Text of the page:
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Classic Movie Night!


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I'm new to the boards and would like to introduce myself. I'm a 45 year old husband and father (12 year old girl) who has been looking for an inexpensive, fun family activity that we could all enjoy on those rare "open" nights that we have each week. Our family reads alot and we watch the occasional movie, but the vast majority of what's on TV has little appeal. So our TV watching is usually limited to sports, competition shows (singing, dancing, etc) and shows like American Pickers. The current cinema offerings now tend to be increasingly inappropriate, not to mention costly and my wife has a much more limited range of interests that I (drama and romantic comedies only), so we almost never go to the movies together (just Lincoln last year and Oz as a family unit).


Jump to last week and I was flipping through the channels and came upon The Time Machine (1960). I had never seen it but was familiar with the creepy Morlocks, as I had a great interest in monster movies as a kid. I began watching it and my daughter came into the room and got interested too. We finished the movie together and she seemed to enjoy it. We discussed "old" movies for a while and decided we could try a few more.


We settled on having a weekly "Creature Feature" and a regular "Classic Movie Night" that my wife could join us in. That is where the awesomeness of TCM comes in. Great movies, great selection, no commercials and free (relatively speaking)! I did some research, warmed up the DVR and picked out a few films for our initial outings.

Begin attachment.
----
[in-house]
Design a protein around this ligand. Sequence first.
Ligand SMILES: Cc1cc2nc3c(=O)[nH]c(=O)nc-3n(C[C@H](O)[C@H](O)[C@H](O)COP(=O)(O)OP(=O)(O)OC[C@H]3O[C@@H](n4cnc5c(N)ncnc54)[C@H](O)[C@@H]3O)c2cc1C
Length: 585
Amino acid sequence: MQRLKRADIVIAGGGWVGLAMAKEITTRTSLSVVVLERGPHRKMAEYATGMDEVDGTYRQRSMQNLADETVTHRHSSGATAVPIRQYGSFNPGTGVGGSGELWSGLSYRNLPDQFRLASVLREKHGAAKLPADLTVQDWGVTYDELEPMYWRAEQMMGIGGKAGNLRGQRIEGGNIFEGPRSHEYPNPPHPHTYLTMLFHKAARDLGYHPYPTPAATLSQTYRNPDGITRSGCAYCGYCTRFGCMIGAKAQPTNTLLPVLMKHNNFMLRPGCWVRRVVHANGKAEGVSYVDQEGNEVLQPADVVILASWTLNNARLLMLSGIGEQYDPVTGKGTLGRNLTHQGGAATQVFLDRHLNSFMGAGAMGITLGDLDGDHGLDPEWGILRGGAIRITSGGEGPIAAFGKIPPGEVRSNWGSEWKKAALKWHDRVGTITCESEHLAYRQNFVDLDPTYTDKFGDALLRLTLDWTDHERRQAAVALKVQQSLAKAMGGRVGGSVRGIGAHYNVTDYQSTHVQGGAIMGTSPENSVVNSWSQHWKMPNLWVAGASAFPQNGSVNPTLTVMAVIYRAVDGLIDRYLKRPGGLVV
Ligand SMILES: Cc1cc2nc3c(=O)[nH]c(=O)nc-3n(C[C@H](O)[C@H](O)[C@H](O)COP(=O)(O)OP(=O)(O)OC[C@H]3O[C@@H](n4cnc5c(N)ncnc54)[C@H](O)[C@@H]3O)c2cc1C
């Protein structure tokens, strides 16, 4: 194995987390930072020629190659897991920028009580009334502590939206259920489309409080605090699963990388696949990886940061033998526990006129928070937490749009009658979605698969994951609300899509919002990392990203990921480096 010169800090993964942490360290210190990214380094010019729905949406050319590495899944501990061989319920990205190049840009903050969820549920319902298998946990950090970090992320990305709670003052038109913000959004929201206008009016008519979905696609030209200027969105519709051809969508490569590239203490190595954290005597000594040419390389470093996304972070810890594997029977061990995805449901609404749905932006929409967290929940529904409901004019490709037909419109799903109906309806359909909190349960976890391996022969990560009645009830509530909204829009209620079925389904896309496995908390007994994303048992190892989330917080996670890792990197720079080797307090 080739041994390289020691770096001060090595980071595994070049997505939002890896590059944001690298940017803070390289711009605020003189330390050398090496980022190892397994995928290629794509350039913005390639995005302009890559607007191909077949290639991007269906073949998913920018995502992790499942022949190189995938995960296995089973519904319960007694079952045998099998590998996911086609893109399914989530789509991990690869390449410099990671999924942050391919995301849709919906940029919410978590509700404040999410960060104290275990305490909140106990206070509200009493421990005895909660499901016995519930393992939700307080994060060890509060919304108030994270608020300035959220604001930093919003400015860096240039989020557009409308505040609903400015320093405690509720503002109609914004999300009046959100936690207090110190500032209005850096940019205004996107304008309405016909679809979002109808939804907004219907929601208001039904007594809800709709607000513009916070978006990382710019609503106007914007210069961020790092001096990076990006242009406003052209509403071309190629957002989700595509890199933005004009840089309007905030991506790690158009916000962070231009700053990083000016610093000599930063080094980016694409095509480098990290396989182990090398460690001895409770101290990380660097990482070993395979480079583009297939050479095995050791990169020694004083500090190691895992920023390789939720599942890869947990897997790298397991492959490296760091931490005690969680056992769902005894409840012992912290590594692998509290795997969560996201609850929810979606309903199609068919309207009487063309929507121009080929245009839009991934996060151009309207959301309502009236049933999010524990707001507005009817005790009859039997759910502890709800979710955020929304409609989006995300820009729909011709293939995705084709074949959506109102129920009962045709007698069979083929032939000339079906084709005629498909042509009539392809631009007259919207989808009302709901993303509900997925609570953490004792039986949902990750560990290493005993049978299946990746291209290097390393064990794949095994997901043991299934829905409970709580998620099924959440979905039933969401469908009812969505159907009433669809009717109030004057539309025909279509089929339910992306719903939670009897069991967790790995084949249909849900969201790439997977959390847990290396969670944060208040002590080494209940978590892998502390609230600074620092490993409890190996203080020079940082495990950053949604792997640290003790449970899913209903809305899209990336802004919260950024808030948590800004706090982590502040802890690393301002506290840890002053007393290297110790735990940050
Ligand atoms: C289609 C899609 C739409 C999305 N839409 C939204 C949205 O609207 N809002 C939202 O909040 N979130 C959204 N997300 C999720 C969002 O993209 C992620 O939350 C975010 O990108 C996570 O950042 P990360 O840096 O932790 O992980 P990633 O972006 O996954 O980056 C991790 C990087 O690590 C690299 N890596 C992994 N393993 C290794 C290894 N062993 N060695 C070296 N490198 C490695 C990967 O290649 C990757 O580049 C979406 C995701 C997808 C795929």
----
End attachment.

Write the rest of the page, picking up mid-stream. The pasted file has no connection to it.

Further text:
Our "Creature Feature" will start out with my DVD of the classic Frankenstein (1931). No better place to start IMO. We will follow that up next week with Bride of Frankenstein from TCM. My daughter is expecting them to be scary and it will be interesting to see what see thinks of them. She has never seen a pure horror movie of any kind before, but she handled the Morlocks well and should be fine!


Our first "Family" movie will be National Velvet from TCM. I know little about this movie other that Liz and Mickey are in it and it has a horse theme (bonus for my daughter). I'm looking forward to it tho! For next week I'm going with either Lassie Come Home (animals are always a hit here) or His Girl Friday. I figure I can't go wrong!


Hopefully this will be the beginning of a great new family tradition that we can enjoy together (thank you TCM). I also hope to come back and let you know how it goes and what selections we will consider next! Exciting!!!!


Thanks for listening!


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Mr. ape (? from the planet of?) - it's nice that you have discovered the wonders of Turner Classic Movies, and that you plan to continue to discover its fine offerings along with your family.


And there's no question that TCM does air a lot of movies that would be good to watch with your kids. In fact, it even features a "kids' " program on Sunday afternoons in the summer, with films hand-picked and introduced by interesting people who like both movies and children. (Currently it's Saturday Night Live alumni Bill Hader, who does a fine job...)


However, I would encourage you to check in advance what's playing. This is easy enough to do by going on to TCM's schedule, which gives the progamming for the day, along with what's planned for the entire month.


This would be a better plan than simply turning on the station at random, kids in tow. The reason I recommend finding out ahead of time what's playing is that TCM is not a "family station".

By that I mean, while it often broadcasts movies that are appropriate for families to watch- parents and children - it is not part of its mandate or "mission".